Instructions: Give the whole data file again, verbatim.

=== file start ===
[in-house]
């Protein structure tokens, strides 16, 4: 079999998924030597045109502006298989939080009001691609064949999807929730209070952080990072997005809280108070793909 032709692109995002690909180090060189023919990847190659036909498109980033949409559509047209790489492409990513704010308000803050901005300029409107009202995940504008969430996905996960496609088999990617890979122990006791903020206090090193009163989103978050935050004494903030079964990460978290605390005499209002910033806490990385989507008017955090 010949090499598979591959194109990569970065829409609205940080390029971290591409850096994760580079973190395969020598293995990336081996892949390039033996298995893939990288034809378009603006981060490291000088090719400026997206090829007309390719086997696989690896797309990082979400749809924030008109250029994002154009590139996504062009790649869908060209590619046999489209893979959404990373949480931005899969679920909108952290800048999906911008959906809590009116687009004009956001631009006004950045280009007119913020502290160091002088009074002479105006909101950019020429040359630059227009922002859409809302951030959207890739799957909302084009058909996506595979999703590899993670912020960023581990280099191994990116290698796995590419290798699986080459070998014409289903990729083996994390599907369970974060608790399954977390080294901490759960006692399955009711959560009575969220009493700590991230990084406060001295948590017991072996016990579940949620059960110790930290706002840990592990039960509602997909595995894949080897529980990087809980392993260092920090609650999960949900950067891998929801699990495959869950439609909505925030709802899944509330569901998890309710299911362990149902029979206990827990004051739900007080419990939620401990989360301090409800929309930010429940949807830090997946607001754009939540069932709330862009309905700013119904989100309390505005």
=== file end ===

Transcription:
[in-house]
């Protein structure tokens, strides 16, 4: 079999998924030597045109502006298989939080009001691609064949999807929730209070952080990072997005809280108070793909 032709692109995002690909180090060189023919990847190659036909498109980033949409559509047209790489492409990513704010308000803050901005300029409107009202995940504008969430996905996960496609088999990617890979122990006791903020206090090193009163989103978050935050004494903030079964990460978290605390005499209002910033806490990385989507008017955090 010949090499598979591959194109990569970065829409609205940080390029971290591409850096994760580079973190395969020598293995990336081996892949390039033996298995893939990288034809378009603006981060490291000088090719400026997206090829007309390719086997696989690896797309990082979400749809924030008109250029994002154009590139996504062009790649869908060209590619046999489209893979959404990373949480931005899969679920909108952290800048999906911008959906809590009116687009004009956001631009006004950045280009007119913020502290160091002088009074002479105006909101950019020429040359630059227009922002859409809302951030959207890739799957909302084009058909996506595979999703590899993670912020960023581990280099191994990116290698796995590419290798699986080459070998014409289903990729083996994390599907369970974060608790399954977390080294901490759960006692399955009711959560009575969220009493700590991230990084406060001295948590017991072996016990579940949620059960110790930290706002840990592990039960509602997909595995894949080897529980990087809980392993260092920090609650999960949900950067891998929801699990495959869950439609909505925030709802899944509330569901998890309710299911362990149902029979206990827990004051739900007080419990939620401990989360301090409800929309930010429940949807830090997946607001754009939540069932709330862009309905700013119904989100309390505005």